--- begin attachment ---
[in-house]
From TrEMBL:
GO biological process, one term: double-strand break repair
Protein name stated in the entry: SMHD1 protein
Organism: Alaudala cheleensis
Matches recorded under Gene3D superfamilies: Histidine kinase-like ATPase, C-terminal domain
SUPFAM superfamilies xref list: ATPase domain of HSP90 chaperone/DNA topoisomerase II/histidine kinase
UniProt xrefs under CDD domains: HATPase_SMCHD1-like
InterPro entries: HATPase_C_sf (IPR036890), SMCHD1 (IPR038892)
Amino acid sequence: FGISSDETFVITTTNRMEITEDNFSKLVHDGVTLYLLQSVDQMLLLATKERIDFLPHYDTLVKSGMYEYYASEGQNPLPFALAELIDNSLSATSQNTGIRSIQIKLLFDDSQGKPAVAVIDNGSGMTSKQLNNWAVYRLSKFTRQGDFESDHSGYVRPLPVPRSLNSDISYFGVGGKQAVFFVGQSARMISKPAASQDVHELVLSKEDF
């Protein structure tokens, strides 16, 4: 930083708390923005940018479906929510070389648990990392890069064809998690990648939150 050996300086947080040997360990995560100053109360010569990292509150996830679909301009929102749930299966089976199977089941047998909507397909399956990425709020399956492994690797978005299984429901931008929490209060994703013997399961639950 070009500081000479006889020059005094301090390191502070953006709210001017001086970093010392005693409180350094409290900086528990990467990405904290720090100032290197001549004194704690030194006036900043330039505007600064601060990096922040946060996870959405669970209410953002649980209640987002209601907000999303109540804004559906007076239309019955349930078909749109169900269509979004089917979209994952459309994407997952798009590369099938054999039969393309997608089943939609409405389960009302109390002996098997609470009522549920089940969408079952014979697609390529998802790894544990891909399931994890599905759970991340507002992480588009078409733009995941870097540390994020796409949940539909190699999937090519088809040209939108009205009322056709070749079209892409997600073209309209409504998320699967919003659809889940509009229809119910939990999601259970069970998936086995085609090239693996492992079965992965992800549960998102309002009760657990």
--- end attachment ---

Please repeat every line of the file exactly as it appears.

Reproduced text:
[in-house]
From TrEMBL:
GO biological process, one term: double-strand break repair
Protein name stated in the entry: SMHD1 protein
Organism: Alaudala cheleensis
Matches recorded under Gene3D superfamilies: Histidine kinase-like ATPase, C-terminal domain
SUPFAM superfamilies xref list: ATPase domain of HSP90 chaperone/DNA topoisomerase II/histidine kinase
UniProt xrefs under CDD domains: HATPase_SMCHD1-like
InterPro entries: HATPase_C_sf (IPR036890), SMCHD1 (IPR038892)
Amino acid sequence: FGISSDETFVITTTNRMEITEDNFSKLVHDGVTLYLLQSVDQMLLLATKERIDFLPHYDTLVKSGMYEYYASEGQNPLPFALAELIDNSLSATSQNTGIRSIQIKLLFDDSQGKPAVAVIDNGSGMTSKQLNNWAVYRLSKFTRQGDFESDHSGYVRPLPVPRSLNSDISYFGVGGKQAVFFVGQSARMISKPAASQDVHELVLSKEDF
């Protein structure tokens, strides 16, 4: 930083708390923005940018479906929510070389648990990392890069064809998690990648939150 050996300086947080040997360990995560100053109360010569990292509150996830679909301009929102749930299966089976199977089941047998909507397909399956990425709020399956492994690797978005299984429901931008929490209060994703013997399961639950 070009500081000479006889020059005094301090390191502070953006709210001017001086970093010392005693409180350094409290900086528990990467990405904290720090100032290197001549004194704690030194006036900043330039505007600064601060990096922040946060996870959405669970209410953002649980209640987002209601907000999303109540804004559906007076239309019955349930078909749109169900269509979004089917979209994952459309994407997952798009590369099938054999039969393309997608089943939609409405389960009302109390002996098997609470009522549920089940969408079952014979697609390529998802790894544990891909399931994890599905759970991340507002992480588009078409733009995941870097540390994020796409949940539909190699999937090519088809040209939108009205009322056709070749079209892409997600073209309209409504998320699967919003659809889940509009229809119910939990999601259970069970998936086995085609090239693996492992079965992965992800549960998102309002009760657990």